5 Effects of Earthquakes - WebBookBlog


Friday, June 5, 2020

5 Effects of Earthquakes

5 Effects of Earthquakes

5 Effects of Earthquakes


Earthquakes can have quite a lot of harmful effects, some obvious, some more subtle. Earthquakes of the same magnitude occurring in two totally different places can cause very different amounts of damage, relying on such variables as the nature of the local geology, whether the area affected is near the coast, and whether the terrain is steep or flat. Here are 5 effects of earthquakes that are damaging.


1. Ground Motion 

The main effect of the earthquake is ground motion. Movement alongside the fault is an obvious hazard. The offset between rocks on opposite sides of the fault can break power lines, pipelines, buildings, roads, bridges, and other buildings that actually cross the fault. Planning and considerate design can minimize the dangers. For instance, power lines and pipelines can be constructed with extra slack where they cross a fault zone or they can be designed with other features to allow some “give” as the fault slips and stretches them.

Additionally, it is essential to consider not only how structures are built, but what they're constructed on. Buildings constructed on solid rock (bedrock) seem to undergo far much less damage than those constructed on deep soil. The characteristics of the earthquakes in a particular region also have to be taken into consideration. For instance, severe earthquakes are generally followed by many aftershocks, earthquakes that are weaker than the principal tremor. The main shock often causes the most harm, however, when aftershocks are many and are almost as strong as the mainshock, they might also cause serious destruction.

The duration of an earthquake also affects how properly a building survives it. In reinforced concrete, floor-shaking results in the formation of hairline cracks, which then widen and develop further as long as the shaking continues. A concrete building that may withstand a one-minute mainshock might collapse in an earthquake by which the mainshock lasts three minutes.

Thus, anyone living or buying a property in an area where earthquakes are a significant concern would be well-advised to pin down just what level of earthquake resistance is promised in a construction’s design. 

2. Landslides

One of the 5 effects of earthquakes are landslides. Landslides can be a severe secondary earthquake hazard in hilly areas. Earthquakes are one of the major events that set off slides on unstable slopes. The perfect solution is to not construct in such areas. Even if a whole area is hilly, detailed engineering research of rock and soil properties and slope stability may make it possible to avoid the most harmful sites. Visible evidence of past landslides is another indication of, particularly harmful areas.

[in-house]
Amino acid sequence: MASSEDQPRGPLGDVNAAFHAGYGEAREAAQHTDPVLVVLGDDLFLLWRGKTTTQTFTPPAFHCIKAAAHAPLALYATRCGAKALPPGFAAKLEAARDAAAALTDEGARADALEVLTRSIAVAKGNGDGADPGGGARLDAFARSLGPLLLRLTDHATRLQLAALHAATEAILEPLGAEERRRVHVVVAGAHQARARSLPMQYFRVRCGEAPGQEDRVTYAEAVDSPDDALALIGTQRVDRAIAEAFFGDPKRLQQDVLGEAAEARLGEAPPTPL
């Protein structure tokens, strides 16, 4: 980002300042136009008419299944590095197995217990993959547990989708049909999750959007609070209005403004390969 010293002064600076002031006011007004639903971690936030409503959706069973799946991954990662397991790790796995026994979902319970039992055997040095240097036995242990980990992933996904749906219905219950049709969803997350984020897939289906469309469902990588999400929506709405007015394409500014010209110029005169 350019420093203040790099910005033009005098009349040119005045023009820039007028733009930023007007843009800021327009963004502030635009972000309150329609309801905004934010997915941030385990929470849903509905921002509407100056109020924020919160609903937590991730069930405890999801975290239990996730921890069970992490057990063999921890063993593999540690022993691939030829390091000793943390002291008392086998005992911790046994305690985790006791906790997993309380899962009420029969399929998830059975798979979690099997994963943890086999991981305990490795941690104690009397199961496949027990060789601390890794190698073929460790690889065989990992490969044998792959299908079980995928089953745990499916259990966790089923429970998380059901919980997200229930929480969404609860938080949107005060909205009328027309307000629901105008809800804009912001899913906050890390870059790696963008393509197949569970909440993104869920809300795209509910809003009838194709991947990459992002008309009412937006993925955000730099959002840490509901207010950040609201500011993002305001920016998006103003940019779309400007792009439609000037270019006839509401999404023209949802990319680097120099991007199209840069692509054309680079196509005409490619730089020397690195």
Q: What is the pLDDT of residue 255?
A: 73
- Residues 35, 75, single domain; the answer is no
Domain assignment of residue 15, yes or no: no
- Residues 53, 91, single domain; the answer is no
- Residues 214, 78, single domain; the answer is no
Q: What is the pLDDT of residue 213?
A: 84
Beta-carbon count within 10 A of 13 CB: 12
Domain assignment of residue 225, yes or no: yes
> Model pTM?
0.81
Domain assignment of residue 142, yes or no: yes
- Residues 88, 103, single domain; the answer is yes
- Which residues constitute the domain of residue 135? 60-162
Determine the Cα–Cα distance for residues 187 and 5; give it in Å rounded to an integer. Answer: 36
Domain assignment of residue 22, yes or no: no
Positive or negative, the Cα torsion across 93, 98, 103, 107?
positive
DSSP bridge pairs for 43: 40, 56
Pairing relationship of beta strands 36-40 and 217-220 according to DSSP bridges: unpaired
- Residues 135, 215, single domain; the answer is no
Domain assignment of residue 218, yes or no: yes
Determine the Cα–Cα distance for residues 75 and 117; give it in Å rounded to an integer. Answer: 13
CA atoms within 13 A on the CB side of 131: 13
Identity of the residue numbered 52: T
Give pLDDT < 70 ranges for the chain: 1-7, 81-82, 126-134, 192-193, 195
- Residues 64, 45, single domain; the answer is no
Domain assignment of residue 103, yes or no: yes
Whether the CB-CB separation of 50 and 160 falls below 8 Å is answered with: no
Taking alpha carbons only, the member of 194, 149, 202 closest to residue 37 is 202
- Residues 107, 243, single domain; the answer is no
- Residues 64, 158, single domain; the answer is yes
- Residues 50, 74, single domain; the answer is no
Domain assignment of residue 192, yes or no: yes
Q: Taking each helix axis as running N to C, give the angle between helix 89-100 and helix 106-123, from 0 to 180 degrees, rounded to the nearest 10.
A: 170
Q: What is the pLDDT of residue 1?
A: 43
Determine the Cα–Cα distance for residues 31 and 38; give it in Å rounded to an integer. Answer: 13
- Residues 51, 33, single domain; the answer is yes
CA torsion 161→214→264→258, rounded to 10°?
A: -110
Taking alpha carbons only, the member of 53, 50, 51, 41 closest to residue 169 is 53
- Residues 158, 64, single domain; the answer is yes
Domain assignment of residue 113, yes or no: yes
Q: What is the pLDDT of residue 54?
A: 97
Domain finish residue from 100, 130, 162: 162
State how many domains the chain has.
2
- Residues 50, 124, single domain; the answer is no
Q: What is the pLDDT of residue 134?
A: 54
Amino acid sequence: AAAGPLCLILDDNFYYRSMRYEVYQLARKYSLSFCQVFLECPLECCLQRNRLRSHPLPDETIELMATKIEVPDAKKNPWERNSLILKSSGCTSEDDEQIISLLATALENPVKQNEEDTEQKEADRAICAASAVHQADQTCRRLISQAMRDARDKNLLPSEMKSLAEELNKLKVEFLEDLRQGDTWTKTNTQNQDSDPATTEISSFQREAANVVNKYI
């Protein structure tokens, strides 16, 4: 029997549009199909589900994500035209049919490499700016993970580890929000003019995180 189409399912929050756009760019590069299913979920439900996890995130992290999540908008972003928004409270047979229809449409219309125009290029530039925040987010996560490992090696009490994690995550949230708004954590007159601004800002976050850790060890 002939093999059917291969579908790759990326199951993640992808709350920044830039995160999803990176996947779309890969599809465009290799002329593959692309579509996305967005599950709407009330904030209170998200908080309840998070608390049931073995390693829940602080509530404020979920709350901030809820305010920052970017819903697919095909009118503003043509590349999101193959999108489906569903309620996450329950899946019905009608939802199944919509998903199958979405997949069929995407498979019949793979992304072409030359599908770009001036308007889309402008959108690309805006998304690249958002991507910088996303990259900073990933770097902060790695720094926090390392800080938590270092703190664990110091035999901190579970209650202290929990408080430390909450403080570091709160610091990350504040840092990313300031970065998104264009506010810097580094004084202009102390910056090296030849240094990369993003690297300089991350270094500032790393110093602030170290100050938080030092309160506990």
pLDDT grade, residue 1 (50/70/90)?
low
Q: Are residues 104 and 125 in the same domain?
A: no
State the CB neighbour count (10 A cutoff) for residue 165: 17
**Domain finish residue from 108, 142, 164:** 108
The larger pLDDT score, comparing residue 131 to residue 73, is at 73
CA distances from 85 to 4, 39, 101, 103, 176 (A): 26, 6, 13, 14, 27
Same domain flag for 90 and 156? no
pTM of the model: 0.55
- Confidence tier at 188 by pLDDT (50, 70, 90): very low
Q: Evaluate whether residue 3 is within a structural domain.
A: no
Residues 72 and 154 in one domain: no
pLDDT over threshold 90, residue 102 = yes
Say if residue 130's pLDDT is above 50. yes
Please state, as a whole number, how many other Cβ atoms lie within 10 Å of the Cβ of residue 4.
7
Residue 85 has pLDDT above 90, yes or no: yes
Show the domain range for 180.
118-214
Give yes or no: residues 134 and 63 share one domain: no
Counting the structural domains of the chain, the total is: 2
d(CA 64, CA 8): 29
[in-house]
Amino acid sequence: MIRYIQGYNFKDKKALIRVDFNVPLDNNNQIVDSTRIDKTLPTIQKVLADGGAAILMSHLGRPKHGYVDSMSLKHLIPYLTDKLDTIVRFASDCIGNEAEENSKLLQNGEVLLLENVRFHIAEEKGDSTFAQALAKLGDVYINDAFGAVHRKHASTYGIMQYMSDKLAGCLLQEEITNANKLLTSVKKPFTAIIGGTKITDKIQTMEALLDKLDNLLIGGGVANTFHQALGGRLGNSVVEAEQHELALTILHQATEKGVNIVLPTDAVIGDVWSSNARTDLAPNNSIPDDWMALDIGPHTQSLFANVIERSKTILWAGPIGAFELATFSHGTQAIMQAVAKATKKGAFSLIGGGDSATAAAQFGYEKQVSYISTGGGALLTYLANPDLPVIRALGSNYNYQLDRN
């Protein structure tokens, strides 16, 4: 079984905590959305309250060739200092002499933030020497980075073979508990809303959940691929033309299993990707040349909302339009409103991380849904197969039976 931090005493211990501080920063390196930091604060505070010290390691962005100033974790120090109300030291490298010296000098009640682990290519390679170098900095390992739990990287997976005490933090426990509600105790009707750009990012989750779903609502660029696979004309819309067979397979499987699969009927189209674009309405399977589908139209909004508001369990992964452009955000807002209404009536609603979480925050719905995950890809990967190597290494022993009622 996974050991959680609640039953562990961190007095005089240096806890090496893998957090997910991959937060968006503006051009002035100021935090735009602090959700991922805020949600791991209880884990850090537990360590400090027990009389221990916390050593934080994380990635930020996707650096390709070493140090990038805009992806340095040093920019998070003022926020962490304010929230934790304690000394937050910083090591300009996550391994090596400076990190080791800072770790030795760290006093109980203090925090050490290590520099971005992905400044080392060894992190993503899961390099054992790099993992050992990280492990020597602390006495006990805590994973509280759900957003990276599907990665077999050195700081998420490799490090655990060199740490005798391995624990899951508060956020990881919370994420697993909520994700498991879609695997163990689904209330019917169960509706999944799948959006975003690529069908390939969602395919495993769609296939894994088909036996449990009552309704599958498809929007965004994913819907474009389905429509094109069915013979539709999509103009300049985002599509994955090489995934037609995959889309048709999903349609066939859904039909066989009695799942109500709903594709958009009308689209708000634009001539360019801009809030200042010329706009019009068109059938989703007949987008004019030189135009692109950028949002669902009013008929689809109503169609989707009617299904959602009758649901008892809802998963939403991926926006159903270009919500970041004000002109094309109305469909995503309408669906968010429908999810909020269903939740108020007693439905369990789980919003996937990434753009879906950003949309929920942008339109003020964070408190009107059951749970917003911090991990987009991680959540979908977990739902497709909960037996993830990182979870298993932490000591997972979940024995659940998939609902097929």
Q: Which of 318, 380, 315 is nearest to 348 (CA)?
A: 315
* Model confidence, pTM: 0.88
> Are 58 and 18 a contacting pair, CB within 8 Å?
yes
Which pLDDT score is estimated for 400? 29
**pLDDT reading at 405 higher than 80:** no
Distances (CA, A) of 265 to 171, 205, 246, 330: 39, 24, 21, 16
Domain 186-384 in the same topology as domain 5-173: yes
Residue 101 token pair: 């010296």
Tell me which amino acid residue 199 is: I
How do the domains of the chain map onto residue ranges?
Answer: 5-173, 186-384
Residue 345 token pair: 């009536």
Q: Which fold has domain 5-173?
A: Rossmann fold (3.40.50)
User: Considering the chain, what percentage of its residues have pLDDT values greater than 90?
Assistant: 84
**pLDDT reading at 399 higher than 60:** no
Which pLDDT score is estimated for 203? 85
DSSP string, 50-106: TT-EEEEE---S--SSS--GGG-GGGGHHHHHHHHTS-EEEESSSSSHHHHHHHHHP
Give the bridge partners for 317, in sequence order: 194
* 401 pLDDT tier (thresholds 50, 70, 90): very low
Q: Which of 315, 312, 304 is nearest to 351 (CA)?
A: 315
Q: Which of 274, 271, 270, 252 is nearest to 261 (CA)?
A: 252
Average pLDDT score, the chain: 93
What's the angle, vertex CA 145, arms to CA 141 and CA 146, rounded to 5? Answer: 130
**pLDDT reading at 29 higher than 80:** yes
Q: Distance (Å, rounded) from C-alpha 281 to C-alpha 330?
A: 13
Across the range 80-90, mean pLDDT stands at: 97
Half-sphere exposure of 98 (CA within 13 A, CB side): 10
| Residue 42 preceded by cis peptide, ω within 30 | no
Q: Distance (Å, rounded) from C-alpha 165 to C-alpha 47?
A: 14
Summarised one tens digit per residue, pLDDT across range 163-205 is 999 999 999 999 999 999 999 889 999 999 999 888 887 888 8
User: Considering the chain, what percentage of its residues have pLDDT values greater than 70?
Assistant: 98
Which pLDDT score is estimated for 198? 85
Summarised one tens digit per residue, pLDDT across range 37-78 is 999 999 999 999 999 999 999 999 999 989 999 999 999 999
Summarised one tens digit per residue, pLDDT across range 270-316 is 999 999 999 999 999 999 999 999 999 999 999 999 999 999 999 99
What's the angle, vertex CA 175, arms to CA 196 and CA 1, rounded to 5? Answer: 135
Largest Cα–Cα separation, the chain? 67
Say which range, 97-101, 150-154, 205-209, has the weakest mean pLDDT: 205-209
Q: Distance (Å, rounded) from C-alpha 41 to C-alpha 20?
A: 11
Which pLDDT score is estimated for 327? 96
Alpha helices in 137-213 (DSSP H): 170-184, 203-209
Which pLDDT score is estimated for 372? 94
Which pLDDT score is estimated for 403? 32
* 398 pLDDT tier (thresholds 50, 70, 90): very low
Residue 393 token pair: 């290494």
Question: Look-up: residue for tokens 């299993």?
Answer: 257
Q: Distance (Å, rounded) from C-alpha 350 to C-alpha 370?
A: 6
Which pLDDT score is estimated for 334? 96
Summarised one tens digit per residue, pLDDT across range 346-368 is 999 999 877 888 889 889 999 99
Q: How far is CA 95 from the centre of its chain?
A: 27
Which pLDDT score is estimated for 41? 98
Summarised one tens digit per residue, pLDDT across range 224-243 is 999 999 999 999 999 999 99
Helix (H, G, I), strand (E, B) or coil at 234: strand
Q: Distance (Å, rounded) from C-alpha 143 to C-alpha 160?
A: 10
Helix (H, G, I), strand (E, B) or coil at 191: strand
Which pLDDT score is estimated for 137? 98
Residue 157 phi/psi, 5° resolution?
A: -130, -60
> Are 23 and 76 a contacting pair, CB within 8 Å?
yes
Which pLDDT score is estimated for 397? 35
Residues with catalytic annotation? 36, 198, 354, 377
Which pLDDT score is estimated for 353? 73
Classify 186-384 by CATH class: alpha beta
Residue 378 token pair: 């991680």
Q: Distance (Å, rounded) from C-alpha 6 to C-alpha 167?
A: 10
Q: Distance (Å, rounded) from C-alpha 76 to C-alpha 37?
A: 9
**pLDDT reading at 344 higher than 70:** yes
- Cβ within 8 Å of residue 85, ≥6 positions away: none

3. Liquefaction

Liquefaction is one of the 5 effects of earthquakes discussed. Ground shaking could trigger an additional problem in areas where the ground is very wet—in filled land near the coast or in places with a high-water table. This drawback is liquefaction. When wet soil is shaken by an earthquake, the soil particles may be jarred apart, permitting water to seep in between them, tremendously decreasing the friction between soil particles that provides the soil strength and causing the ground to become somewhat like quicksand. When this happens, buildings can just topple over or partially sink into the liquefied soil; the soil has no strength to support them.


4. Tsunamis and Coastal Effects

Coastal areas, especially around the Pacific Ocean basin where so many large earthquakes occur, might also be vulnerable to tsunamis. The tsunami could come ashore as a very high, very fast-moving wall of water that acts like a high tide run (perhaps the origin of the misnomer “tidal wave”), or it might turn into large breaking waves, simply as ordinary ocean waves change into breakers as the undulating waters “touch bottom” near shore. Tsunamis, nonetheless, can easily be over 15 meters high within the case of larger earthquakes. Several such waves or water surges may wash over the coast in succession; between waves, the water may be pulled swiftly seaward, emptying a harbor or bay, and perhaps pulling unwary onlookers along. Tsunamis can also travel long distances in the open ocean.

Even in the absence of tsunamis, there is the possibility of coastal flooding from sudden subsidence as plates shift during an earthquake. Areas that had been formerly dry land may be completely submerged and become uninhabitable.


Also Read: Earthquakes— Basic Terms and Principles

5. Fire

A secondary hazard of earthquakes in cities is the fire, which can be more devastating than ground movement. Fires happen because fuel lines and tanks and power lines are damaged, touching off flames and fueling them. At the same time, water lines also are broken, leaving no method to fight the fires effectively, and streets filled with rubble, blocking fire-fighting tools.

Putting numerous valves in all water and fuel pipeline techniques help to combat these problems as a result of breaks in pipes can then be isolated before too much pressure or liquid is lost.  


These explained 5 effects of earthquakes are irreversible. One cannot do anything to stop them. The only thing one can do is to prevent himself by taking necessary measures.

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